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Gömör, lie conducted the magnates in
attendance on himagainst whose oppression
of the peasantry he had heard many
complaintsinto a vineyard. There he took a
hoe and commenced working, desiring the
magnates to follow his example; they
complied, but soon left off, complaining that
the work was too hard. The king then
said-

"Now you have some idea of the hard
life of the poor peasant who toils for you;
treat him therefore with kindness and
forbearance, lest you destroy the source of your
wealth and thus be compelled to perform the
labour yourself."

The tradition of his virtues is handed down
like a holy relic from father to son, and still
lives in the grateful remembrance of posterity
in the following proverb:— " King Matthias
is gone, and with him justice,"  ever repeated
with a sigh of regret for the past. His time
was Hungary's golden age, often sung of by
poets, and oftener recalled by the sorrowing
nation.

Matthias died in 1490, after a reign of
thirty-two years, leaving no heirs to the
throne; with him, therefore, the family of
Hunyad became extinct. An illegitimate son,
John Corvin, inherited his name, and many
of his great qualities; but he was, unhappily
for Hungary, rejected at the next election
of king, at the suggestion of some ambitious
egotistical magnates. In spite of this
mortification, John Corvin devoted his great
military talents, as Ban of Croatia, for the
welfare of his country, and remained the
scourge of the Turks up to the time of his
early death. He left a son and a daughter,
Christopher and Elizabeth. The former soon
followed his father; the latter, heiress to his
large possessions, became the wife of the
son of John Zapolya, afterwards King of
Hungary.

                         BUTTER

BEFORE our great chemists had told us that
an infusion of oil into the human frame was
necessary to life, and why, there must have
been something puzzling to thinkers, as well
as amusing to travellers, in the inclination of
all nations for some kind of butter, which
must be had, it seems, through all obstacles
of climate and productions. We should say,
at the first glance, that nobody can get butter
of any sort in the Polar regions, nor keep
butter for five minutes at the Equator; and
there are many regions of the earth besides,
which are either burning or frozen, parched
or wet, to a degree which excludes the
English idea of a dairy altogether. What can
the Greenlander do, for instanceliving in a
country where July is the only month without
snow (and not always that); where turnips
reach the size of pigeons' eggs, for a great
wonder; and where, in the cold months, the
rocks split with the sound of a cannon-shot,
and the sea reeks as if it was boiling? What
does the Greenlander do? Why, he finds oil,
thickened by the frost, a delicious butter.
He lives in a room where even spirit freezes;
and he would freeze too, but for his beloved
whale oil, which feeds in him the interior
combustion that is always going on in all of
us, and that keeps the temperature of the
human frame nearly equable in all climates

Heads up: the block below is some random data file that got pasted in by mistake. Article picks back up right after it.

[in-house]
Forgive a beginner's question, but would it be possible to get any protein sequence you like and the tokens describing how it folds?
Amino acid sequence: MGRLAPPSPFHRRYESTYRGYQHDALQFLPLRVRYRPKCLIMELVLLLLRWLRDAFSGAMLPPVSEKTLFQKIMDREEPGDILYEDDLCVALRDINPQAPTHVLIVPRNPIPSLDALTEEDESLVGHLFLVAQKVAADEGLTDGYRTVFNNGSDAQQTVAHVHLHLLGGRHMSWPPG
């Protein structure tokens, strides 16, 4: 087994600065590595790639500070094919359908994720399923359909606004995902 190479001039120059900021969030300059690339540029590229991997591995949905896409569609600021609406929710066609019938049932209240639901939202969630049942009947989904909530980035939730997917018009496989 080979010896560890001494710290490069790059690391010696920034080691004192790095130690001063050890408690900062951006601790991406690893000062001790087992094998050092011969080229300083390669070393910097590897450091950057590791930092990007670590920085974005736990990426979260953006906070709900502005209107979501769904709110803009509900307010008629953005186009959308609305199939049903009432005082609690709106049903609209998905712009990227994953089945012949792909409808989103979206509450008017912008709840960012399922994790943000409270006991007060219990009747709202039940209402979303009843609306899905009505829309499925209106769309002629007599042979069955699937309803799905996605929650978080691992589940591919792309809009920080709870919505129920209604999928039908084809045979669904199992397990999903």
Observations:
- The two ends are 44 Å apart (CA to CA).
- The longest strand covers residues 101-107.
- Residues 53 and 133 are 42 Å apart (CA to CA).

and positions. Then there is the African
under the line: what does he do for butter?
If we gave him cattle, they would presently
hang out their tongues, and conduct
themselves very like mad dogs, till, stung into
fury by hosts of insects, and panting for
breath in an atmosphere like a furnace, they
would rave, lie down bellowing, and die. We
can hardly suppose that he can milk the
lioness or the tigress, which are almost his
only animal neighbours. He milks something
rather less dreadfulhis herd of trees!
The next wood is his dairy, and the shea
tree is his cow. When he was clearing a
space for his hut, he left the shea tree standing.
Its spreading shade is welcome for
itself; but the fruit, (the African olive) is
the most precious merchandise, and the most
delicious food to be found in those interior
provinces. The white kernel is boiled, beaten,
and pressed; and the oil oozes out and flakes
into a firm white butter, which Mungo Park
liked better than our finest dairy butter.
The making, and eating, and selling this
substance fills up a great part of the life
of the Bambarra peasant, who thus is in
strong sympathy, if he did but know it,
with our clever neighbourPaddy on the
Kerry Hills.

There is no drier country than the Arabian
desert; and no shea tree grows there, nor
any other fruit-bearing tree; nor are there
oily fish, nor cattle. How then do the
Bedoueens get on for butter? Why, there is
the goat; and the goat's milk is uncommonly
rich and creamy; and the Bedoueens steal
along all dayin the shade of rocks, where
possiblefollowing their goats, which spring
from rock to rock, and clamber into all sorts
of inaccessible places, to get at every aromatic
shoot and every tender spray and green blade
that grows in virtue of the night-dews. The
owner is busy with goats'-hair all the while,
not making wigs, which is the use we put
that hair to, but twisting it into threads and
cords, or preparing it for weaving into tent-
covers. When the shadows lengthen, telling
him the hour, he collects the flock, and the
kids come bounding to him, and the dams
follow more slowly and munch sprouts from
his hand while wife or daughter milks them.
Some of the milk is drunk fresh; but more
is kept. It becomes sour at once, of course;
and then there is the oily part to be eaten
with lentiles, and the curd for a sort of
cheese, and the whey for a very favourite
drink. Very different are the measures taken
in the wettest countryHollandand none in

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